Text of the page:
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6. Japan Domestic Politics

Agence France-Presse ("KOIZUMI TO CALL GENERAL ELECTION ON NOV 9: REPORTS," 09/25/03) reported that after shaking up his cabinet and the top ranks of his ruling party, Japanese Prime Minister Junichiro Koizumi has decided to dissolve the lower house of parliament next month to call a snap general election on November 9, reports said Thursday. Koizumi would dissolve the House of Representatives, which convenes after the summer recess on Friday, on October 10, after pushing through a bill extending a special anti-terrorism law expiring November 1, Kyodo News agency said, citing a ruling Liberal Democratic Party (LDP) lawmaker. Campaigning would begin on October 28, Kyodo said. The Asahi Shimbun and the Nihon Keizai Shimbun dailies also ran similar reports saying Koizumi felt he would be able to get the anti-terrorist law extended before dissolving parliament because the main opposition party, which is opposed to the bill had decided not to boycott debate on it. The Democratic Party of Japan, which on Wednesday formally merged with the smaller Liberal Party, feels it is now well-positioned to take on the LDP at the ballot-box, Kyodo and the Asahi said.

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7. Dalai Lama PRC Visit

Agence France-Presse ("DALAI LAMA SAYS HE IS READY TO GO TO CHINA," 09/26/03) reported that the spiritual leader of Tibet, the Dalai Lama, said he was willing to do almost anything to settle the issue of Tibet, even if it meant going to China personally. "To find a mutual agreement or solution, I am ready to meet the PRC leadership or, if I get a chance, to meet the Tibetans inside Tibet and explain or clarify my position," he told the Voice of America, a US government-funded broadcasting service. "I believe this would be very beneficial," he stressed, rejecting the notion he had any separatist designs. "I have reiterated like a mantra that I am not seeking independence, I am not trying to separate Tibet from China," he said. "I am only seeking a genuine autonomy for Tibet, but the PRC leadership has a hard time believing what I am saying. This is why a face-to-face meeting is very important." The Buddhist spiritual leader pointed out that the situation was so urgent that he is ready to send his envoys to the PRC for talks at any time.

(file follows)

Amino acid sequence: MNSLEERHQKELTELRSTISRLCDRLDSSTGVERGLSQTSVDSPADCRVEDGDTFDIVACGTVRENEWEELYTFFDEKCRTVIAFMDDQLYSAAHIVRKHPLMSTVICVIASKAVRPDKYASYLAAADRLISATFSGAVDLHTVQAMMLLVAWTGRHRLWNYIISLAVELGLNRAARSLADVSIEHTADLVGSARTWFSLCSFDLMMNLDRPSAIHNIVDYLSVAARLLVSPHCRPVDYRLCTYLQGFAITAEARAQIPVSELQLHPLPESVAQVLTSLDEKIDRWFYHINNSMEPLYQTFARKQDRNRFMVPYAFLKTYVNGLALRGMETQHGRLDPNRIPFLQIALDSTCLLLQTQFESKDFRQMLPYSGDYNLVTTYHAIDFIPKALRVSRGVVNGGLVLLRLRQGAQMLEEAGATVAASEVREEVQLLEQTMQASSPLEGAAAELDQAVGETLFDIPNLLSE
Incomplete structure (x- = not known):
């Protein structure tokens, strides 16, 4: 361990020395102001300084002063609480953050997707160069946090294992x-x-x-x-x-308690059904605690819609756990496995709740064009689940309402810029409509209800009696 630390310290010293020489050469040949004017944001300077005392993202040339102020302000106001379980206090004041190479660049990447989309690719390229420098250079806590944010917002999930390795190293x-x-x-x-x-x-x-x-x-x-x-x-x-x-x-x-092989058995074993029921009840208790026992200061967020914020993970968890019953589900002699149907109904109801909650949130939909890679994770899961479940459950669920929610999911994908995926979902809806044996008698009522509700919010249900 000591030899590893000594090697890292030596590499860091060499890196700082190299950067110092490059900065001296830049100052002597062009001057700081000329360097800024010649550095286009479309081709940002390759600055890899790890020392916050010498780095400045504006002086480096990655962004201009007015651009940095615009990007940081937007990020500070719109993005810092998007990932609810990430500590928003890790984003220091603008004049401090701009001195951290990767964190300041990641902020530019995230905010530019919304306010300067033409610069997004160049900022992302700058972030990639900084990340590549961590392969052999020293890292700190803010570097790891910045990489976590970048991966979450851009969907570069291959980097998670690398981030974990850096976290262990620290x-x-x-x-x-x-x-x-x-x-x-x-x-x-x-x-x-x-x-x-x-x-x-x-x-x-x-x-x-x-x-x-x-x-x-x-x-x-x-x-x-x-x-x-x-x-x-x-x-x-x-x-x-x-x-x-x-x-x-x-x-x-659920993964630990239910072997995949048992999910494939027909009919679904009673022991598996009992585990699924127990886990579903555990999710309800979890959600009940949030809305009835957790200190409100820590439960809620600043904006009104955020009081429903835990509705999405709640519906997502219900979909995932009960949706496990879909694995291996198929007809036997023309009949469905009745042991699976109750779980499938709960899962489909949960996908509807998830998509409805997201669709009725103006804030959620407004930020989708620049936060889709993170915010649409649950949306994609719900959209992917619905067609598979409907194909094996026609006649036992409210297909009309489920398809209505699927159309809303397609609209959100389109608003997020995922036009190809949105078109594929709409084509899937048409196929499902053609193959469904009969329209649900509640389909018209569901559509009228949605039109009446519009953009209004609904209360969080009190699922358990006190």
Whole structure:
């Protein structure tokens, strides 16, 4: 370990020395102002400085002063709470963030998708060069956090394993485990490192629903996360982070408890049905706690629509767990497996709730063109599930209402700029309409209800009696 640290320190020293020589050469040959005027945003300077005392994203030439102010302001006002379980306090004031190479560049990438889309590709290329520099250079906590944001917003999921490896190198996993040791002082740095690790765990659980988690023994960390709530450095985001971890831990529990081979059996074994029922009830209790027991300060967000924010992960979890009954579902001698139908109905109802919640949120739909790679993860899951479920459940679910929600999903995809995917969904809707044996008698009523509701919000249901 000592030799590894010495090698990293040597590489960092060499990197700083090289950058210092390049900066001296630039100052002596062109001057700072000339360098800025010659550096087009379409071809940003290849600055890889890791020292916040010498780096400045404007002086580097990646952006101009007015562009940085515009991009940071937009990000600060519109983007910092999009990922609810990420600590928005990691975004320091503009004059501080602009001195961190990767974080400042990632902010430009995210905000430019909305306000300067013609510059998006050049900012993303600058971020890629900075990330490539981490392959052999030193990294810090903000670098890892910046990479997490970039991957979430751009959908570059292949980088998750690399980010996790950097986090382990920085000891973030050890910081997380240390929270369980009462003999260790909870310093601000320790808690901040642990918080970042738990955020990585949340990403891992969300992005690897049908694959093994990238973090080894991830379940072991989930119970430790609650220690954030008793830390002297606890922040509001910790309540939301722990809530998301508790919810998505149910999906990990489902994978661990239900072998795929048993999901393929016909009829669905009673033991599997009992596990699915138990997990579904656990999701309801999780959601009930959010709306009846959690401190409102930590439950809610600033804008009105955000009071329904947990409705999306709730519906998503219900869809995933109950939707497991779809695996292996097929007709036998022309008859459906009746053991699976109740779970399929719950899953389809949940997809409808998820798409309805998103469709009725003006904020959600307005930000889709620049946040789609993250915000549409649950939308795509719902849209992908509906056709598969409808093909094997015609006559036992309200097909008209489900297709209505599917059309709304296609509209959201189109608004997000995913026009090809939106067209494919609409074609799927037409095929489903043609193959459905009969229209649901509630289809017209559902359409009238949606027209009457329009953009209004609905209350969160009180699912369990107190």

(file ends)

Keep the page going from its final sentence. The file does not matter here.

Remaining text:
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8. Japan 8.0 Earthquake

Agence France-Presse ("QUAKE MEASURING 8 ON RICHTER SCALE HITS NORTHERN JAPAN, INJURING 121," 09/26/03) reported that a powerful earthquake measuring 8.0 on the Richter scale and a series of aftershocks struck northern Japan on Friday, injuring at least 121 people, officials and news reports said. The quake occurred at 4:50 am (1950 GMT Thursday), with its focus located off the coast of Hokkaido, 750 kilometers (465 miles) north of Tokyo and 60 kilometers (37 miles) below sea-level, the Meteorological Agency said. A second quake measuring 7.0 occurred in the same place at 6:08 am, the agency said, adding that at least 15 strong aftershocks had jolted the region. At least 121 people have been injured in the quake, including one person who was hurt when an express train derailed, the state-run Japan Broadcasting Corp. (NHK) reported.

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International Peace Research Institute (PRIME),
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Brandon Yu:
Berkeley, California, United States

Timothy L. Savage:
Berkeley, California, United States

Kim Young-soo:
Seoul, Republic of Korea

Hibiki Yamaguchi:
Tokyo, Japan

Saiko Iwata:
Tokyo, Japan

Hiroya Takagi:
Tokyo, Japan

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Moscow, Russian Federation

Wu Chunsi:
Shanghai, People's Republic of China

Dingli Shen:
Shanghai, People's Republic of China

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Clayton, Australia